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“I Can’t Drive 55”: The Economics of the CB Radio Phenomenon
By Jared Barton
Tyler Watts

This article appeared in the Winter 2011 issue of The Independent Review


Abstract

The 55 mile-per-hour national maximum speed limit sparked the citizens’ band radio craze that swept the United States from the mid- to late 1970s. Truckers bought CBs to help them steer clear of law enforcement on unfamiliar rural interstate highways and thereby avoid the extra costs of driving slower, whereas car drivers had weaker economic incentives to buy them.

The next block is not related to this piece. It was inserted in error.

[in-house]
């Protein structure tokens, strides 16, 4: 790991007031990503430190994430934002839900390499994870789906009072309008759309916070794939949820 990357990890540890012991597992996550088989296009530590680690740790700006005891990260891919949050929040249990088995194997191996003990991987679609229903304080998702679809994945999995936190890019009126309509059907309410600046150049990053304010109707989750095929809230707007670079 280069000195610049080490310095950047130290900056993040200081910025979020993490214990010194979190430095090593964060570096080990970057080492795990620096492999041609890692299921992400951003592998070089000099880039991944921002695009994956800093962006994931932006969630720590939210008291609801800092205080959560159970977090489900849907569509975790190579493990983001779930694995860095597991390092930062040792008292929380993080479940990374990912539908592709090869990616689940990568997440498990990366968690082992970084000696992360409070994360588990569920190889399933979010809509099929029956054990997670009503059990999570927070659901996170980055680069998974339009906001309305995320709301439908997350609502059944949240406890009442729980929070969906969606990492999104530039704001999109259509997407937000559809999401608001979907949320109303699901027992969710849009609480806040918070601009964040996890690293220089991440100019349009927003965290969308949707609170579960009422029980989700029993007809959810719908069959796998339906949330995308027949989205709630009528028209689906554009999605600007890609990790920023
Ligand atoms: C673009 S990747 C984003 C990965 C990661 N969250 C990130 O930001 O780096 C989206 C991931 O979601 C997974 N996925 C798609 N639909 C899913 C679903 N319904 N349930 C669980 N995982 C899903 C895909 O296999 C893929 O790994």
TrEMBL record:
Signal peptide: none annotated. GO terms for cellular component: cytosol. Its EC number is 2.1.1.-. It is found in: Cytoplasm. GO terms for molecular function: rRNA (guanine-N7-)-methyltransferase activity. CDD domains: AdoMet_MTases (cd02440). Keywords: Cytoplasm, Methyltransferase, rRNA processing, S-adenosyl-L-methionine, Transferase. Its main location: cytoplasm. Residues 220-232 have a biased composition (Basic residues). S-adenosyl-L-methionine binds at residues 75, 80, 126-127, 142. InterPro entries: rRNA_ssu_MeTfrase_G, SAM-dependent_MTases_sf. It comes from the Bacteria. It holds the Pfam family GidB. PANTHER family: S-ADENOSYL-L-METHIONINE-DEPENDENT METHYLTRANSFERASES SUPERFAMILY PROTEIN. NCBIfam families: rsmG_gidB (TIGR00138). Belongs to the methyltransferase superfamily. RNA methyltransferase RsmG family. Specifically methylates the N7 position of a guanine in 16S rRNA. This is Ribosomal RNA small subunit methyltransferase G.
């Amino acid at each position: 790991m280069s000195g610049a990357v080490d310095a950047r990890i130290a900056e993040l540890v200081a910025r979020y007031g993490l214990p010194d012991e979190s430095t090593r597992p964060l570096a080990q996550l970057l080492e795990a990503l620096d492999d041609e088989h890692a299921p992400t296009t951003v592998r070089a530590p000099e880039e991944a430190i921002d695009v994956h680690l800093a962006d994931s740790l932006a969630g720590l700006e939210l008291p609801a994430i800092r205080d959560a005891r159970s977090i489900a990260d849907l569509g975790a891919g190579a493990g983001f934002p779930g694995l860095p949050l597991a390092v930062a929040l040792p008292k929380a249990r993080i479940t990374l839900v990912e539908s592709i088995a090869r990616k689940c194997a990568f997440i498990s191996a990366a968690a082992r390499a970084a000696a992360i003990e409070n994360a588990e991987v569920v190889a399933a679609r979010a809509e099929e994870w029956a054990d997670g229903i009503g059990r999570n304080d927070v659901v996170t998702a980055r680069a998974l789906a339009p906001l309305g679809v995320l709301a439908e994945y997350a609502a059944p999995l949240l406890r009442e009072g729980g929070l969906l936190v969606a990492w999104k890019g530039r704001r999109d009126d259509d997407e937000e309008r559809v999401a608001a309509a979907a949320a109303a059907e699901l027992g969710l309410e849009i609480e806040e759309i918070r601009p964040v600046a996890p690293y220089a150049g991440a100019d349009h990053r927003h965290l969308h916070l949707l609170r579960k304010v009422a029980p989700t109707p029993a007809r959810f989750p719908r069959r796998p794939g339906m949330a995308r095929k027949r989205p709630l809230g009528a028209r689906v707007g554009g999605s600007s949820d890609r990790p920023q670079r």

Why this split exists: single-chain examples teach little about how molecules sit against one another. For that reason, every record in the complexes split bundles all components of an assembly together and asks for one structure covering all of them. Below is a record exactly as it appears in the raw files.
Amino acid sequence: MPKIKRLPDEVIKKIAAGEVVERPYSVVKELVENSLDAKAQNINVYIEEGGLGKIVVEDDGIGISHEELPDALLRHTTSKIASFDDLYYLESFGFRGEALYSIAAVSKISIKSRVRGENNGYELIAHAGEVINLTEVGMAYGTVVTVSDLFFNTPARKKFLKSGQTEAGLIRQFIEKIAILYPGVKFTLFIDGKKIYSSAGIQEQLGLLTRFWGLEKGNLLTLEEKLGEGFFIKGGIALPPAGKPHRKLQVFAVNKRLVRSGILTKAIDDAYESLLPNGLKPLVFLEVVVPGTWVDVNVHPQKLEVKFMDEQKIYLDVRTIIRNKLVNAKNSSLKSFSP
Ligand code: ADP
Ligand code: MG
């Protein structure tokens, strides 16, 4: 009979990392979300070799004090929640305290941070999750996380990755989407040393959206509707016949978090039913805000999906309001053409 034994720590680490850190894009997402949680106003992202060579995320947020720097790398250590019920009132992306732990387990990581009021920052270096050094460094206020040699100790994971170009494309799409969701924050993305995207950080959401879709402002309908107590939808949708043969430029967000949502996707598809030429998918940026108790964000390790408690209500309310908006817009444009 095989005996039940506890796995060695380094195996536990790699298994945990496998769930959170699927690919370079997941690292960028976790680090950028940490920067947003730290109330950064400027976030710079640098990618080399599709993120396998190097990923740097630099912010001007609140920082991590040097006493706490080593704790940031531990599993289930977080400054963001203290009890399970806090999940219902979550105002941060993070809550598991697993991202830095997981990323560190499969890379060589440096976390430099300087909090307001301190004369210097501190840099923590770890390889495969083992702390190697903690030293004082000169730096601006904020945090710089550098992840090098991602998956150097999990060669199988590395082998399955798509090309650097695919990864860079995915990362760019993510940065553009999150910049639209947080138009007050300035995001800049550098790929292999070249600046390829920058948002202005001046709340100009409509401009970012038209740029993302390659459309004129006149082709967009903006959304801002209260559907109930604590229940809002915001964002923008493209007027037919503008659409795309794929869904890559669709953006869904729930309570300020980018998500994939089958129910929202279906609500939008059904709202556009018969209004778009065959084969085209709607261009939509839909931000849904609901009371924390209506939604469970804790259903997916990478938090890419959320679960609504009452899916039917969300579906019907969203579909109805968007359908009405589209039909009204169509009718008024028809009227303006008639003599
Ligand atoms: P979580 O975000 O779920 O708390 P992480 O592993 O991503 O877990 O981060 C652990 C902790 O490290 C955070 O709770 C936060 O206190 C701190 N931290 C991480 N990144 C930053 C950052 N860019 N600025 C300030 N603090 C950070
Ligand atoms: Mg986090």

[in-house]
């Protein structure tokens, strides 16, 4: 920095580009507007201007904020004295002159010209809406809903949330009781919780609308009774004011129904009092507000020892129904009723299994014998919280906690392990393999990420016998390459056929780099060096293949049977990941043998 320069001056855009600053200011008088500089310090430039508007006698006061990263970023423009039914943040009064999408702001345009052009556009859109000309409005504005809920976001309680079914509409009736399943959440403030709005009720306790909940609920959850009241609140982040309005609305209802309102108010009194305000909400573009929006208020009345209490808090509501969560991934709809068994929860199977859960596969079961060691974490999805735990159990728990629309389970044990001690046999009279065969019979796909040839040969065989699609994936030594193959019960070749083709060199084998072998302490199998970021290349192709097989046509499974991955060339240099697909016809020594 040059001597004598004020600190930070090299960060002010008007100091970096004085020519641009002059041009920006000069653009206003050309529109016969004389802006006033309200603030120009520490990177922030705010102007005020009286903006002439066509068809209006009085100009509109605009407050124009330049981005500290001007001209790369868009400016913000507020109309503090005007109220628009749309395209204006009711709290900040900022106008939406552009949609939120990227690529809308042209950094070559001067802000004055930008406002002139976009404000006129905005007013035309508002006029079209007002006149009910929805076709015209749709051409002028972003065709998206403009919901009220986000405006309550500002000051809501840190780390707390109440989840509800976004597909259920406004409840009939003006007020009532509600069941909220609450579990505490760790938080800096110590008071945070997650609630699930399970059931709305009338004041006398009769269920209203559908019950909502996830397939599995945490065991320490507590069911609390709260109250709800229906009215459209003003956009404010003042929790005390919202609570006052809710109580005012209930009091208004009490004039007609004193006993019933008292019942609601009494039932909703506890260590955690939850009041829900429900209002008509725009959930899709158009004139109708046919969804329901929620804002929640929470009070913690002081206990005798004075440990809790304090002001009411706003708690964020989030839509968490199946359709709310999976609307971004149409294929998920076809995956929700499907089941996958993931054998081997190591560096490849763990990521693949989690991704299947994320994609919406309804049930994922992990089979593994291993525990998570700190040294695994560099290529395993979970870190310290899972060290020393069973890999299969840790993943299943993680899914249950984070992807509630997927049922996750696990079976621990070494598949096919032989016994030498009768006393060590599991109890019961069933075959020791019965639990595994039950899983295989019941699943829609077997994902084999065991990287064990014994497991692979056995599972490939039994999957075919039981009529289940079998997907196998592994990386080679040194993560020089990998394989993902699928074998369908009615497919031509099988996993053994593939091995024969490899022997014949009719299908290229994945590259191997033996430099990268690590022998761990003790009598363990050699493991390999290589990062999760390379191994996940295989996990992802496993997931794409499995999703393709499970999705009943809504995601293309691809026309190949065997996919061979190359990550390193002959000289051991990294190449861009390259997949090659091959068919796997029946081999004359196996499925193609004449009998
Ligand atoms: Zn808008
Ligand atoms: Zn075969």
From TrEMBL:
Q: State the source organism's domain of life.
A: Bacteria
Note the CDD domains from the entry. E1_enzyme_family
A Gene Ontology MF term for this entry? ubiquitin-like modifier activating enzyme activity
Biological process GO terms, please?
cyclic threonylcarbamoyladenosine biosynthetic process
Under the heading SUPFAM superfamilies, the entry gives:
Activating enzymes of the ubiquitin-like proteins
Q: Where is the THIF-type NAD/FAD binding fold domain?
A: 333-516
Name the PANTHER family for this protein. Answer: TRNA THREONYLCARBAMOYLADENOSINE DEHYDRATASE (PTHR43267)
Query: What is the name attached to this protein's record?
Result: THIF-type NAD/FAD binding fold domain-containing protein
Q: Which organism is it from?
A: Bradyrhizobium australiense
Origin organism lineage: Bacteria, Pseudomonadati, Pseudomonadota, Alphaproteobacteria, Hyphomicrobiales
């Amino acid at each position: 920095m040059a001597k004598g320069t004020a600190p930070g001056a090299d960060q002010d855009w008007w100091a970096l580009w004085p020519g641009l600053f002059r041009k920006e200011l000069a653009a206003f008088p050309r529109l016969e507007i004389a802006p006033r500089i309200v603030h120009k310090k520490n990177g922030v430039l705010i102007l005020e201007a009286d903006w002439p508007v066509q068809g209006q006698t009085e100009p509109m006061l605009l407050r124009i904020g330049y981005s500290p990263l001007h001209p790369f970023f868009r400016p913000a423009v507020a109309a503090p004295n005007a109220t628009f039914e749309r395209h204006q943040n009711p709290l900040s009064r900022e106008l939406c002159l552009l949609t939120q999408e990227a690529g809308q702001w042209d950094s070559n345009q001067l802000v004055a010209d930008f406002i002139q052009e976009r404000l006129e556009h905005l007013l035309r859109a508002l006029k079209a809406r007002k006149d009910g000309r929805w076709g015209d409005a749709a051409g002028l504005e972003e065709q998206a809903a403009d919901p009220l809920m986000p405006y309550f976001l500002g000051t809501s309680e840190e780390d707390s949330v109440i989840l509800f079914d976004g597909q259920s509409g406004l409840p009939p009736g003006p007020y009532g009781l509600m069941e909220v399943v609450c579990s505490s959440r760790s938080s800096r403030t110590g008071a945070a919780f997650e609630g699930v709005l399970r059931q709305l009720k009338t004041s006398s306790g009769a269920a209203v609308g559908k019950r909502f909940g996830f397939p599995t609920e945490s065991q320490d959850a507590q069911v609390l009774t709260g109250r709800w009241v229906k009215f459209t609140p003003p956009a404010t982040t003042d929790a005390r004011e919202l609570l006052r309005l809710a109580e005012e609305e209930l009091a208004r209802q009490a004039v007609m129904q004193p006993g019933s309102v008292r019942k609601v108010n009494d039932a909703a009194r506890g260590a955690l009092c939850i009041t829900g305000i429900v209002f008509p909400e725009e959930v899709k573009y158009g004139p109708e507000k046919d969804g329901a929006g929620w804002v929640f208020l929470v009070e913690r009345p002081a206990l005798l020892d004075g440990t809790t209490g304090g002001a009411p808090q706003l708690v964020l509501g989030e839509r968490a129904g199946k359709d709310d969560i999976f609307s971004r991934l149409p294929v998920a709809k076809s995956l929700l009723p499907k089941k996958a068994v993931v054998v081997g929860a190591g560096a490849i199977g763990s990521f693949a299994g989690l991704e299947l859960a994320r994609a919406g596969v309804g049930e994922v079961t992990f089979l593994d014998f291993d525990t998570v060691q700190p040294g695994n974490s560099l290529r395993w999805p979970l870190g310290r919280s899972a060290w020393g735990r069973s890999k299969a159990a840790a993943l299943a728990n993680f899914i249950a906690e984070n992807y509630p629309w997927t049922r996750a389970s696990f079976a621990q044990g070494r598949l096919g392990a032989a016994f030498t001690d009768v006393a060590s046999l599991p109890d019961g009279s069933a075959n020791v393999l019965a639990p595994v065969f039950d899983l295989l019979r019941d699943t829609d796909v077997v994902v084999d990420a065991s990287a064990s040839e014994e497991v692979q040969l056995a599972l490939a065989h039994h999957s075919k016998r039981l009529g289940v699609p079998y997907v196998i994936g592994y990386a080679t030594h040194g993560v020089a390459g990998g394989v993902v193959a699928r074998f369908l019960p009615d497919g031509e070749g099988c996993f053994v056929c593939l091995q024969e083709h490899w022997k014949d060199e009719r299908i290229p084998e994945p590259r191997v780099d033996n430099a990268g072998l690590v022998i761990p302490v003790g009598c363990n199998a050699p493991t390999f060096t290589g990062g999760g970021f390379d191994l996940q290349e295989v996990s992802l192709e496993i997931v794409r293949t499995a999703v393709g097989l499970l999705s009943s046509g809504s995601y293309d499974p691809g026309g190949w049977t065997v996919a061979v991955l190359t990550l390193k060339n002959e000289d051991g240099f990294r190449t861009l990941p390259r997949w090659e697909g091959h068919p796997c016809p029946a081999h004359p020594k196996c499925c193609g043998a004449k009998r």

Article

In response to the 1973 oil crisis, the U.S. Congress passed and President Richard M. Nixon signed into law the Emergency Highway Energy Conservation Act in January 1974. This law compelled each state government to set a maximum highway speed of 55 miles per hour (mph) in order to continue to receive federal highway funds. According to Nixon’s official statement upon signing the bill, the law “aimed principally at helping to reduce gasoline and diesel fuel consumption during the energy crisis” (Nixon 1974). All state governments quickly complied and began posting 55-mph speed limits. All fifty states had complied with the National Maximum Speed Limit (NMSL) by March 1974 (Transportation Research Board 1984, 105)....





Volume 15 Number 3
Winter 2011

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